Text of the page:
From Conflict to Connection

By Bonnie Brinkman, MA and Darcy Jack, MA, MC - September 2015

When couples arrive in an Imago therapist’s office, or when they attend a weekend workshop, they are often in a soup of anger, sadness, despair and disillusionment- the power struggle. Newlyweds, old timers, and those in between, wonder if they will ever feel the kind of love they had in the beginning. They often wonder if they should cut their losses, and find fulfillment with someone who offers one more chance at the love and security they long for.

Shattered dreams are painful. If a couple seeks coaching and counseling during this phase, they may just be hoping to reduce the pain. They quickly learn that in spite of the reality of their pain, there is much hope and potential hidden in their conflict. The pain and disillusionment are not due to a lack of love; rather a lack of knowledge of how intimate relationships mature. We are unaware that all relationships go through stages, and that one of those stages is the power struggle.  Fortunately, we can learn to respond in ways that do not reinjure our partner or ourselves.

Many of us are surprised to learn that the power struggle is an inevitable phase of a maturing love relationship.  When we feel pain in the presence of our partner, we assume our partner is the source of all the pain.  When we accurately identify our pain, we learn that most of it stems from our early history-long before we ever met our partner.

So how do the two of us go about disentangling ourselves from the mess, stay put, roll up our sleeves and reap the benefits of facing our differences? How do we learn to turn conflict into connection? By redesigning our relationship so we become passionate friends, and by restoring the full aliveness we felt in the beginning. Not an easy task. A lot of stretching will be required.

With the structure, information and skills of Imago processes, we learn to grow in knowledge and mutual respect.  We learn to rid our selves of negativity. We show care and love more consistently. We make decisions based on the needs of the relationship, not on just the needs of one or the other of us. We help each other to grow up and begin living life on life’s terms. This is a “we” proposition. Eventually, we learn to appreciate this process that helps us love ourselves and our partner, warts and all.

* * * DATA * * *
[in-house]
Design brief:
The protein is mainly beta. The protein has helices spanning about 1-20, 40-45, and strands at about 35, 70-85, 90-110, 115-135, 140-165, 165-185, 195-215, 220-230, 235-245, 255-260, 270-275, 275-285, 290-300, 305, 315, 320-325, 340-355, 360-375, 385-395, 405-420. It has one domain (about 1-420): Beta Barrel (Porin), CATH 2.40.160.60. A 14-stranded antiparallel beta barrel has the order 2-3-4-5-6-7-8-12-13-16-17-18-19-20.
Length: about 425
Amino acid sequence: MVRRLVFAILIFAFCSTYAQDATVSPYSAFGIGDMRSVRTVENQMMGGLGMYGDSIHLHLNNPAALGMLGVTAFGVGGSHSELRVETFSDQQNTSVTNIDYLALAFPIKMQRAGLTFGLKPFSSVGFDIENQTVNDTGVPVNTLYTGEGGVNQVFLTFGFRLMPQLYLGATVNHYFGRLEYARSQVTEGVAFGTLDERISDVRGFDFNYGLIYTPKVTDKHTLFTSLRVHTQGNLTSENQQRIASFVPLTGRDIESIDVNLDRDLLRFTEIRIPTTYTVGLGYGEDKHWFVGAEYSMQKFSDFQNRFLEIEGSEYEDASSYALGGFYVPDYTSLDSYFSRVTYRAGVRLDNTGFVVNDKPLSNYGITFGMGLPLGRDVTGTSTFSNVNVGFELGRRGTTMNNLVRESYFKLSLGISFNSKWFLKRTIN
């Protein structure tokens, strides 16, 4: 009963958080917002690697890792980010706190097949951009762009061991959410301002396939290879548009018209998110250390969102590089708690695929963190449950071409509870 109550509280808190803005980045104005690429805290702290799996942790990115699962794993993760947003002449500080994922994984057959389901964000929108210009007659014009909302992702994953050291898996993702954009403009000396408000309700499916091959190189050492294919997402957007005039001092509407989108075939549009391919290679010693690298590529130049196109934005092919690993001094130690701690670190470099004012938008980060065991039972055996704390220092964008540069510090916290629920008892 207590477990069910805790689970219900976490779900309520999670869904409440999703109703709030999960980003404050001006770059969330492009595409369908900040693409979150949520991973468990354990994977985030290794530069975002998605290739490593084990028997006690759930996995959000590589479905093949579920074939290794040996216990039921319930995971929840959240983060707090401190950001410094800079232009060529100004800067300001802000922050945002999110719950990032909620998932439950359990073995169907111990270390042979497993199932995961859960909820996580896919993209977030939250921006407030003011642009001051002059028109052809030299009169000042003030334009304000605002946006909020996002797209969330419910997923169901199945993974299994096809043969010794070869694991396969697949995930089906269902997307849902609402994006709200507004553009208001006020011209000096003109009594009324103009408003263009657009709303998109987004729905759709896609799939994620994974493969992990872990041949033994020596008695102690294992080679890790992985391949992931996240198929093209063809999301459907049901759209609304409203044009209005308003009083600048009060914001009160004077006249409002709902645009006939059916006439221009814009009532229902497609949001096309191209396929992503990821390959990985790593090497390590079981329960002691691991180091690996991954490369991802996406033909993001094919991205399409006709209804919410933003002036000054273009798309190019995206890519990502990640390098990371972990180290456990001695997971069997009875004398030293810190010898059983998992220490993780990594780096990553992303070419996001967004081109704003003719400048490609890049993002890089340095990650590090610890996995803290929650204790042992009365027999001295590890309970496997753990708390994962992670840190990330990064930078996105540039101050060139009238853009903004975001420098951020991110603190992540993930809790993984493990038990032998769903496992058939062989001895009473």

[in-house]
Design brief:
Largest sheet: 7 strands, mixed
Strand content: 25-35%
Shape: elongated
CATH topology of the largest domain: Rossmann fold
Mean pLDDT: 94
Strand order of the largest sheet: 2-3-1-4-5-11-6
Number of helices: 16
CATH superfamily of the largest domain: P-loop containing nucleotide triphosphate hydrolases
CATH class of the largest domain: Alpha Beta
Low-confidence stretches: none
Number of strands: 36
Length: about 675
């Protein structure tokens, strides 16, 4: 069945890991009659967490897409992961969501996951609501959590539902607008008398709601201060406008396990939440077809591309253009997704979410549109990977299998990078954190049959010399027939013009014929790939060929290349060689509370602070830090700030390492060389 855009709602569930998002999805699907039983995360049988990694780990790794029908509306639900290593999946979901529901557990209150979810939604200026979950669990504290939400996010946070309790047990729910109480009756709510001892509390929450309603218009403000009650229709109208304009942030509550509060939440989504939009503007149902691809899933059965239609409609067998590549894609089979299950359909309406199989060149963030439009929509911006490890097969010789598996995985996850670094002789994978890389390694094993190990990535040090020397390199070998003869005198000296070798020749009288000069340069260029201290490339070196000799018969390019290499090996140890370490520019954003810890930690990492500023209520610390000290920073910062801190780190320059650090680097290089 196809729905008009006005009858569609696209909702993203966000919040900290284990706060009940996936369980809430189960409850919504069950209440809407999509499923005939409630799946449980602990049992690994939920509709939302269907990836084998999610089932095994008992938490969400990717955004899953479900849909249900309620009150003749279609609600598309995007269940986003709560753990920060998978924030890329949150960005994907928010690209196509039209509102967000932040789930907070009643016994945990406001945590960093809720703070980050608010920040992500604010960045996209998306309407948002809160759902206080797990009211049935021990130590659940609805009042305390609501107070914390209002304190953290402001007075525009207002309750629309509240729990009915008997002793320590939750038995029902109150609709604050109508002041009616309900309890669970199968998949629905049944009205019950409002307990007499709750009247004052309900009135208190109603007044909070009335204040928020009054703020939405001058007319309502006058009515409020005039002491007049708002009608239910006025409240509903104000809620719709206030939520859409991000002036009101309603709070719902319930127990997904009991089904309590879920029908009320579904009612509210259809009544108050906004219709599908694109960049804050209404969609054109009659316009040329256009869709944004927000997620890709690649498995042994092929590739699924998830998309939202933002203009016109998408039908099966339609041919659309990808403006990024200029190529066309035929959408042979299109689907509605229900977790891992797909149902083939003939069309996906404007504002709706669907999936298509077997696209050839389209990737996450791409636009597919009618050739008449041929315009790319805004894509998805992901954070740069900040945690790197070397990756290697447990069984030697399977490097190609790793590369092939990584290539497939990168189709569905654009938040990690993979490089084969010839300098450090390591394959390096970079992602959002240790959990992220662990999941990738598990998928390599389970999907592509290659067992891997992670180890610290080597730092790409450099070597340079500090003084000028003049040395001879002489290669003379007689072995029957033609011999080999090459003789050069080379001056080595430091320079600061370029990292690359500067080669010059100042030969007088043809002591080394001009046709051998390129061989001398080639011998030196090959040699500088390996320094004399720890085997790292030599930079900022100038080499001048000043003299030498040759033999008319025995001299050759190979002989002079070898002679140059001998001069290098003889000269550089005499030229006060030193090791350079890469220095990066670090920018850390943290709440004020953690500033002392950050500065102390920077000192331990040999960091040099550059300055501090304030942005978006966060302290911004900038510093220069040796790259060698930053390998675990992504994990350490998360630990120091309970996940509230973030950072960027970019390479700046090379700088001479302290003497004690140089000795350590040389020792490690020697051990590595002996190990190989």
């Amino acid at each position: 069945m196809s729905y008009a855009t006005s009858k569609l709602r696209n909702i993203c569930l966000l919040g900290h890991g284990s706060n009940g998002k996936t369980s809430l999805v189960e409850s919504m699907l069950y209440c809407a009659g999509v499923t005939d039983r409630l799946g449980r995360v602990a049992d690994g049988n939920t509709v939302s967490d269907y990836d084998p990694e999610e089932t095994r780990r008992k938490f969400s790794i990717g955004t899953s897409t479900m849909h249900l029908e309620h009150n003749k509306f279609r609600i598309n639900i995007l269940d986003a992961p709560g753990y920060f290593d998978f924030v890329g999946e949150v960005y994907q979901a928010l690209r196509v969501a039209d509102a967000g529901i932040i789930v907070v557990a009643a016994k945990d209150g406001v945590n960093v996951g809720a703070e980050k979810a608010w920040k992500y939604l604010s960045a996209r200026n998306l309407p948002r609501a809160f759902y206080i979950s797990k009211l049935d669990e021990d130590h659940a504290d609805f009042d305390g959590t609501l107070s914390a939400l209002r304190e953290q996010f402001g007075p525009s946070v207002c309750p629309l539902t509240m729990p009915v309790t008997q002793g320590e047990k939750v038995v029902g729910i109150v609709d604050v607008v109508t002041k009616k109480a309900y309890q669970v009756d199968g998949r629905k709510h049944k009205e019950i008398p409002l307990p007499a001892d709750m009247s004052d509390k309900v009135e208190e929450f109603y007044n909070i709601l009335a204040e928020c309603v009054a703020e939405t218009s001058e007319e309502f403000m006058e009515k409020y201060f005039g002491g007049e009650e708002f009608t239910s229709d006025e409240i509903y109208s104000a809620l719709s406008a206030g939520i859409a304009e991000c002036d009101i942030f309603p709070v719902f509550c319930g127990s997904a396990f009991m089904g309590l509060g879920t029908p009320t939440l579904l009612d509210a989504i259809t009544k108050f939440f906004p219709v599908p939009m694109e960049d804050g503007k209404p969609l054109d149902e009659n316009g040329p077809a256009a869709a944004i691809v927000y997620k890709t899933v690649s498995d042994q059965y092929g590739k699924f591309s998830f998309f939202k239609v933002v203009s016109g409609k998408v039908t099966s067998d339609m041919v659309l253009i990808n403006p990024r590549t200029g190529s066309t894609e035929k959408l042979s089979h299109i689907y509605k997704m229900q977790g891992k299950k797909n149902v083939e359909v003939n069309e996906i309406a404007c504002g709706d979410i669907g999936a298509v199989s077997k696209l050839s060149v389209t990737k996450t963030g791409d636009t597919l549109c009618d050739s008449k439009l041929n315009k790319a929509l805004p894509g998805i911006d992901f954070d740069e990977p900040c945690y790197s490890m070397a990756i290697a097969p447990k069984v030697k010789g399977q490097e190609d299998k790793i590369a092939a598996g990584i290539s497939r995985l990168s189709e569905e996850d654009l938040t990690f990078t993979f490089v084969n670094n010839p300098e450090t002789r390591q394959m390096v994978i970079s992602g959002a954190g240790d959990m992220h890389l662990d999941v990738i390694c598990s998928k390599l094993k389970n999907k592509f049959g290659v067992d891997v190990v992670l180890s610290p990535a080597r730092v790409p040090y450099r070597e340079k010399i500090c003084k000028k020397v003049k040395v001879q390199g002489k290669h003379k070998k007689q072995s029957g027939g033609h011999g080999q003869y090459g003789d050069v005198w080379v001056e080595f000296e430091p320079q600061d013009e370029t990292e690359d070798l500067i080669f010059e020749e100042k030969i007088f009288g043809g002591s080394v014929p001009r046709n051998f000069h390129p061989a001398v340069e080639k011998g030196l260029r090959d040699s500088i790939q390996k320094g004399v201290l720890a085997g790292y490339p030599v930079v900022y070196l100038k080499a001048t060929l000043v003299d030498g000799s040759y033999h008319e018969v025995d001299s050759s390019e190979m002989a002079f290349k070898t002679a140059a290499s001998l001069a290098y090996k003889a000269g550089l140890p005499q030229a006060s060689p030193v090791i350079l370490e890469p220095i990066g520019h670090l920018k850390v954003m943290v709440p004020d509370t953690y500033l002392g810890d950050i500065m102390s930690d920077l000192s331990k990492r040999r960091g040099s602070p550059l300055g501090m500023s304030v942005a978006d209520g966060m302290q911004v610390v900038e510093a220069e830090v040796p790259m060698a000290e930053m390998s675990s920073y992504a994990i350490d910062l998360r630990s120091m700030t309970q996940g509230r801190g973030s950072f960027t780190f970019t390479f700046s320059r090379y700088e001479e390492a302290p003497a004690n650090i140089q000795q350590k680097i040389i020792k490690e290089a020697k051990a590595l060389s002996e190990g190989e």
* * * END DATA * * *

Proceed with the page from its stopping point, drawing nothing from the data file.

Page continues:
The goal of Imago Relationship therapy is to help us learn how to uncover our true, authentic self.  A conscious relationship has tremendous potential to correct the distortions created by early caregivers and socialization. It is a spiritual path, which leads us back to our own wholeness, allowing us to touch the world with compassion and full aliveness.

Many of us believe our world is on a path of repair and healing. Sharing in this awesome task through intimate partnership can be the opportunity of a lifetime.  We just need to be willing and open to change. Couples who use the conflict in their relationship for mutual healing co-create a lifelong adventure of learning, growing and loving.

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